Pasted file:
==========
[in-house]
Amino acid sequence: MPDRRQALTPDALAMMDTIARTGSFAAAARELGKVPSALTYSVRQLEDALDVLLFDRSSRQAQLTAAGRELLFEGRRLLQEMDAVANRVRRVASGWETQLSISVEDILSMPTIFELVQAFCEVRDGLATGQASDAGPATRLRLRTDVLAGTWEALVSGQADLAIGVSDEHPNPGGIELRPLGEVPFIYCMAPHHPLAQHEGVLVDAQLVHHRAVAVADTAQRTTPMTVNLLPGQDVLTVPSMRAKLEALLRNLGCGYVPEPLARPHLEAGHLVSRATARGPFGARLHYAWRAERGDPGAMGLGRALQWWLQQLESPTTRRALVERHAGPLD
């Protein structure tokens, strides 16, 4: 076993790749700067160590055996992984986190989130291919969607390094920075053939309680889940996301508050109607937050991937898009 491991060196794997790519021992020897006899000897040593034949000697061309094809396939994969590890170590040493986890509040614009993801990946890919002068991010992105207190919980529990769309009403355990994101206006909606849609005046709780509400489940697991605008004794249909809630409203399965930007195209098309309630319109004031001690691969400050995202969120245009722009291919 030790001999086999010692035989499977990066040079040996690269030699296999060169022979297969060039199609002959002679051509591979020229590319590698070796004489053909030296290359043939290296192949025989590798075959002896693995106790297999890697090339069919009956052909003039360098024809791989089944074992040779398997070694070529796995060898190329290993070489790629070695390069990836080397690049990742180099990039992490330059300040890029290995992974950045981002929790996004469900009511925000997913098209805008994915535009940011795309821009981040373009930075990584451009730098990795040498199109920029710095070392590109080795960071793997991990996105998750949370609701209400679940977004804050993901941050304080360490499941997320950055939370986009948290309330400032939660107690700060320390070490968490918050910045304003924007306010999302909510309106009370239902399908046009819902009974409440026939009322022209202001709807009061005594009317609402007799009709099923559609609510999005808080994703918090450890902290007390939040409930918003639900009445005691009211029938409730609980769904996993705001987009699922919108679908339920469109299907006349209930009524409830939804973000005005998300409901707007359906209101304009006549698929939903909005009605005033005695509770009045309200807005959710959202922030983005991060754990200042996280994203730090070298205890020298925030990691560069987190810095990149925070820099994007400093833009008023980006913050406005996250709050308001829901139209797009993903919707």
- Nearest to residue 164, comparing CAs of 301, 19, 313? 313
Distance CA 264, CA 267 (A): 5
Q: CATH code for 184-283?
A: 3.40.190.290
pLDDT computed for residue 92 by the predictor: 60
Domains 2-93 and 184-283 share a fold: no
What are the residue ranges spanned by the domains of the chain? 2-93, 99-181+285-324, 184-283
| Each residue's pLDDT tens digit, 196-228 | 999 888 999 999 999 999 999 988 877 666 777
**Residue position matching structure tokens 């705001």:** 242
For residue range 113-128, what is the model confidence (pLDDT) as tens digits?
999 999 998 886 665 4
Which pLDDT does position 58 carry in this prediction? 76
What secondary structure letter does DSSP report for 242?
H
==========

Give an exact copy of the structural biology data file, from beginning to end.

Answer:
[in-house]
Amino acid sequence: MPDRRQALTPDALAMMDTIARTGSFAAAARELGKVPSALTYSVRQLEDALDVLLFDRSSRQAQLTAAGRELLFEGRRLLQEMDAVANRVRRVASGWETQLSISVEDILSMPTIFELVQAFCEVRDGLATGQASDAGPATRLRLRTDVLAGTWEALVSGQADLAIGVSDEHPNPGGIELRPLGEVPFIYCMAPHHPLAQHEGVLVDAQLVHHRAVAVADTAQRTTPMTVNLLPGQDVLTVPSMRAKLEALLRNLGCGYVPEPLARPHLEAGHLVSRATARGPFGARLHYAWRAERGDPGAMGLGRALQWWLQQLESPTTRRALVERHAGPLD
């Protein structure tokens, strides 16, 4: 076993790749700067160590055996992984986190989130291919969607390094920075053939309680889940996301508050109607937050991937898009 491991060196794997790519021992020897006899000897040593034949000697061309094809396939994969590890170590040493986890509040614009993801990946890919002068991010992105207190919980529990769309009403355990994101206006909606849609005046709780509400489940697991605008004794249909809630409203399965930007195209098309309630319109004031001690691969400050995202969120245009722009291919 030790001999086999010692035989499977990066040079040996690269030699296999060169022979297969060039199609002959002679051509591979020229590319590698070796004489053909030296290359043939290296192949025989590798075959002896693995106790297999890697090339069919009956052909003039360098024809791989089944074992040779398997070694070529796995060898190329290993070489790629070695390069990836080397690049990742180099990039992490330059300040890029290995992974950045981002929790996004469900009511925000997913098209805008994915535009940011795309821009981040373009930075990584451009730098990795040498199109920029710095070392590109080795960071793997991990996105998750949370609701209400679940977004804050993901941050304080360490499941997320950055939370986009948290309330400032939660107690700060320390070490968490918050910045304003924007306010999302909510309106009370239902399908046009819902009974409440026939009322022209202001709807009061005594009317609402007799009709099923559609609510999005808080994703918090450890902290007390939040409930918003639900009445005691009211029938409730609980769904996993705001987009699922919108679908339920469109299907006349209930009524409830939804973000005005998300409901707007359906209101304009006549698929939903909005009605005033005695509770009045309200807005959710959202922030983005991060754990200042996280994203730090070298205890020298925030990691560069987190810095990149925070820099994007400093833009008023980006913050406005996250709050308001829901139209797009993903919707």
- Nearest to residue 164, comparing CAs of 301, 19, 313? 313
Distance CA 264, CA 267 (A): 5
Q: CATH code for 184-283?
A: 3.40.190.290
pLDDT computed for residue 92 by the predictor: 60
Domains 2-93 and 184-283 share a fold: no
What are the residue ranges spanned by the domains of the chain? 2-93, 99-181+285-324, 184-283
| Each residue's pLDDT tens digit, 196-228 | 999 888 999 999 999 999 999 988 877 666 777
**Residue position matching structure tokens 């705001």:** 242
For residue range 113-128, what is the model confidence (pLDDT) as tens digits?
999 999 998 886 665 4
Which pLDDT does position 58 carry in this prediction? 76
What secondary structure letter does DSSP report for 242?
H